But why should people believe Mary? After all, anyone can contact police and allege they have been sexually assaulted. Many believe that allegations of sexual impropriety have become weapons with which vindictive women can tarnish men--from a U.S. Supreme Court nominee to a president. It's certainly nothing new for professional athletes.
Is her story merely a fiction, a search-and-destroy mission prompted by a sexual rejection or some other slight? Perhaps the result of a regretful morning after--after, that is, a consensual sexual encounter?
It is, of course, possible. But there are good reasons to believe Mary's story.
Mary, Sue and Kelly gave repeated statements to the numerous officers who responded to the rape call that Sunday morning. In all their accounts, there is remarkable unity, a lack of contradiction. They all agree on key points of the evening--the circumstances surrounding the party invitation, the atmosphere at Ceballos' home, the wording of Barkley's dramatic "warning" to the guests.
To believe that the story was fabricated, one has to accept that these women, sometime between the hours of 3 and 5 a.m. (the time after returning home and before calling police), concocted the elaborate tale and united their thoughts flawlessly as to the details.
They then added a special twist--Mary would feign reluctance to come forward, and would at first refuse to speak with police or submit to a physical exam, before finally giving in.
In addition, this ruse would have required Mary to convince physicians that she had had sex. In fact, police obtained samples of what they believe to be semen from her vagina. The samples are locked away in the basement of the Phoenix Police Department, in a refrigerator.
To what end all this deception? For her part, Mary doesn't care if her story is believed or not.
"It doesn't matter what people think," she tells New Times. "I just want it to go away. I'm a single mother, I have a family and I just want to go to counseling and hope that God deals with him."
If Oliver Miller or any of the other Suns present deserves punishment, it will have to be a higher power that inflicts it. Mary's refusal to press charges ensures that.
Her reasons are simple. For one, she knows it would be difficult, if not impossible, to prove rape under the circumstances she has described. For another--there is the recurring fear.
"These people are so powerful," she tells New Times, "not only in terms of the Suns organization, which has a lot of pull in the Valley, but individually. They are big people, physically, and if this gets out, if too much attention is paid to this thing, they could hurt me again.
"And, anyway, I'm not a well person. I don't think I could hold up under the pressure of a trial."
Reeling from the stress of the past few weeks, during which time she has been besieged by media inquiries and has lived in constant fear that her name would be exposed--and that her two children would read about their mother in the newspaper--her resting heart rate has climbed to 110 beats per minute. She says she is under a doctor's care for stress and exhaustion.
Never a basketball fan, she has made a point since that Saturday night to learn a bit more about the Phoenix Suns. What she has found, gleaned mostly from newspaper accounts over the past year, has contributed to that fast heart rate.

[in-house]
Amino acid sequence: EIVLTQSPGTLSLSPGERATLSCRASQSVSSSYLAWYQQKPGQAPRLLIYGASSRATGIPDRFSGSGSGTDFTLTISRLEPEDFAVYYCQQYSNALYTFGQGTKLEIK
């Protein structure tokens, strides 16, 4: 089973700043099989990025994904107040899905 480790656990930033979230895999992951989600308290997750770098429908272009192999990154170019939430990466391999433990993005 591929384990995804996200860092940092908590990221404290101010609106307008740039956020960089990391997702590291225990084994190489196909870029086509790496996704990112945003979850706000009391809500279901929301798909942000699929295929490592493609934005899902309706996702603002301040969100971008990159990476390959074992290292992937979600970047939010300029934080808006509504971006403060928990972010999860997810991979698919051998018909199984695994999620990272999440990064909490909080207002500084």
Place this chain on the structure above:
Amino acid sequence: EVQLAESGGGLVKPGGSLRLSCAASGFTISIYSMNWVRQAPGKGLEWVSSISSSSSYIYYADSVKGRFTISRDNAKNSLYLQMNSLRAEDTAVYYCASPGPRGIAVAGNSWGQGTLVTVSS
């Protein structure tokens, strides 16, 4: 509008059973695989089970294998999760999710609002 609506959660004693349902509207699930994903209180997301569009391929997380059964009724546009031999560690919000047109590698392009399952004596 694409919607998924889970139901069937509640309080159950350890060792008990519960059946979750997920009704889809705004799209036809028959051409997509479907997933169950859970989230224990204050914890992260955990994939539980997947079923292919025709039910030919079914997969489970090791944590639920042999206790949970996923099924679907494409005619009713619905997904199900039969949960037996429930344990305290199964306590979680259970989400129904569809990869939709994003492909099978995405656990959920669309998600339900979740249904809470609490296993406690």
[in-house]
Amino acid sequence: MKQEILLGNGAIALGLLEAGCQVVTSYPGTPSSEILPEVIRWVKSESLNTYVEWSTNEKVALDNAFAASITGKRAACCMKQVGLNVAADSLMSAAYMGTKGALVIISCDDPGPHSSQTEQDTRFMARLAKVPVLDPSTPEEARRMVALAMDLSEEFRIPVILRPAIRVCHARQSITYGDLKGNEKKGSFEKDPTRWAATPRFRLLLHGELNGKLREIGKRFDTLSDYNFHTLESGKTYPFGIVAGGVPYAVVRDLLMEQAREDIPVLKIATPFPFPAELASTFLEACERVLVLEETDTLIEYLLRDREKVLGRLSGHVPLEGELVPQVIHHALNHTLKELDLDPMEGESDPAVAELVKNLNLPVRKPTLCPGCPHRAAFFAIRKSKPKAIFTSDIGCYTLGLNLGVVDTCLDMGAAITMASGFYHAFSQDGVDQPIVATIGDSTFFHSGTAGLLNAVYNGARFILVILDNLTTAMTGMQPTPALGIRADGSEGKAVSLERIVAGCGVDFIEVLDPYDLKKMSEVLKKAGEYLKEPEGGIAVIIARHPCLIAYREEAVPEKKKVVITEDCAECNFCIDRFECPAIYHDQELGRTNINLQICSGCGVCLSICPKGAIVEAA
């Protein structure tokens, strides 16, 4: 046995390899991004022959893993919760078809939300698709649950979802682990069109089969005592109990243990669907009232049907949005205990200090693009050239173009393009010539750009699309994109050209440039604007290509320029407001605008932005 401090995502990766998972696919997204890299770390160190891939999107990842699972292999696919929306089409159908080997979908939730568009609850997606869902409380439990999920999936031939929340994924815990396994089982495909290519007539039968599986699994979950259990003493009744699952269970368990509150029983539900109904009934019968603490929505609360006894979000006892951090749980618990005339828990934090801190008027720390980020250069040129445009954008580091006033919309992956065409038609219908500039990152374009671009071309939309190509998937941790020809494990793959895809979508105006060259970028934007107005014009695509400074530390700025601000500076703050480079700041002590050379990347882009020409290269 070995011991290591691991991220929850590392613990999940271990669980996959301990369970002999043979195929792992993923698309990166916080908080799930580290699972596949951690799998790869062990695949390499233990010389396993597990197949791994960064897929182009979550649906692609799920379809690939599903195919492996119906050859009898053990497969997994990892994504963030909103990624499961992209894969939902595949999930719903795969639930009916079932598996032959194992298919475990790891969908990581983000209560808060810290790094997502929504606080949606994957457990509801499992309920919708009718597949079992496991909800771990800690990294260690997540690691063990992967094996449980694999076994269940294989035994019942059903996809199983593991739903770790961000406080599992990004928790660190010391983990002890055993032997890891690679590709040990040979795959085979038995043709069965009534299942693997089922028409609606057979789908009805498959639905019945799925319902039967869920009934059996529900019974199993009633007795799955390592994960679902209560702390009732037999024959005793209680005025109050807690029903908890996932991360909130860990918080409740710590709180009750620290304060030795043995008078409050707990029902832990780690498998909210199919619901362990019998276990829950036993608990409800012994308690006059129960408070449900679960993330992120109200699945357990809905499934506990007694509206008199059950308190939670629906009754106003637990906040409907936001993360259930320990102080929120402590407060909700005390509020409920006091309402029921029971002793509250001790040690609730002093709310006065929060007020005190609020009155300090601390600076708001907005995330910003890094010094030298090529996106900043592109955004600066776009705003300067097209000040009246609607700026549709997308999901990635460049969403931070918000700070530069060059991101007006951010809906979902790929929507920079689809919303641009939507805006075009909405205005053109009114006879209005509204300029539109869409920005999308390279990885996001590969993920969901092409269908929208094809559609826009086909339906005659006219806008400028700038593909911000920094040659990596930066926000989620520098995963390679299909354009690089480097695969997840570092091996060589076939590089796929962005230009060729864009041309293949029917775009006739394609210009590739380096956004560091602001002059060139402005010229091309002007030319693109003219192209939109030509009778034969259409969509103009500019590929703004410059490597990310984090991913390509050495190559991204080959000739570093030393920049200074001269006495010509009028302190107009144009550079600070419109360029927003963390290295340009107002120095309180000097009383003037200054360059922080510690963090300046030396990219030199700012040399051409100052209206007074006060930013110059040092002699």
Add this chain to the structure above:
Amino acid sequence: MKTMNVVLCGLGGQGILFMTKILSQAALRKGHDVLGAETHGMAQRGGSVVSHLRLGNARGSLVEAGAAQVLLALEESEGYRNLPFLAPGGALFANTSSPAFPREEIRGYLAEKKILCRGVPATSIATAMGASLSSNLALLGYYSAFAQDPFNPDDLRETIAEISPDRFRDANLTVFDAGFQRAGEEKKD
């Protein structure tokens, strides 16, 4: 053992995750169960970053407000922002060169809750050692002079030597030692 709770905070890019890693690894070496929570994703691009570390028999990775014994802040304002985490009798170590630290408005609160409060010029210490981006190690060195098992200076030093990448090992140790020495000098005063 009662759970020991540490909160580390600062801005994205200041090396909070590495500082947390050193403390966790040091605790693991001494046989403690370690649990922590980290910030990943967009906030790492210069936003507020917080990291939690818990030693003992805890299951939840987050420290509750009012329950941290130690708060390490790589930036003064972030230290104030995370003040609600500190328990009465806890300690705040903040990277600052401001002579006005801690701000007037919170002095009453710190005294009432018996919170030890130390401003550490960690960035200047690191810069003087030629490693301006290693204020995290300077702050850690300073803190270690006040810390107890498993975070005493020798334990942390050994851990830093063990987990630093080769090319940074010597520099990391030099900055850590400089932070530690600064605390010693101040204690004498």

Bar fights involving Barkley and Majerle. Ceballos, the man who owns the home where the alleged attack took place, arrested for carrying a concealed weapon. Jerrod Mustaf, another Sun, questioned in the killing of his pregnant girlfriend; Mustaf's cousin has been charged with the murder.
These are people, Mary says, whose rules of fairness and conduct require only a veiled warning that "anything that goes on in this house doesn't leave this house" before assuming that any woman in attendance has granted her consent to have sex.
"I just couldn't go to trial against people that think like that and come out a loser," she says.
"I mean, you have to understand. I feel like I'm already a loser."
@body:Perhaps the most disturbing segment of the police report detailing the events of that night is the one in which Mary describes the moments immediately after the alleged sexual attack.
It is a chillingly dispassionate scene, in which Miller, Mary says, made it clear he wasn't necessarily done with her. The police report states: Oliver Miller had asked [Mary] for her phone number while they were at the bedroom after he had dressed. She said that she did not know it. Miller stated that he did not believe her and she told him that she does not call her house.
She said that Miller became upset, and she told him that if she went to a phone and tried dialing the number, she could possibly remember it. At that point Miller had her go to the phone in the bedroom and dial the number.
Mary dialed the correct number, because her answering machine came on after four rings. When she hung up, Miller asked her if she remembered the number. She said that she did and gave Miller the number, which he dialed on the same phone.
Miller listened for a moment, then hung up the phone. Then, without a word, he turned and walked out of the room.
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Upon hearing this, Detective Newcomer asked Mary once again if she would be willing to press charges against Miller. If so, he counseled her, an investigation would begin immediately. But the report states:
Mary told me again that she did not want to prosecute and she would not testify. She said that all she wanted to do was . . . be with her kids, pray to God she did not wind up with AIDS and put everything behind her . . .
She also did not want me to contact any of the parties involved and she only wanted to go home. For these reasons, this report was taken for information purposes only.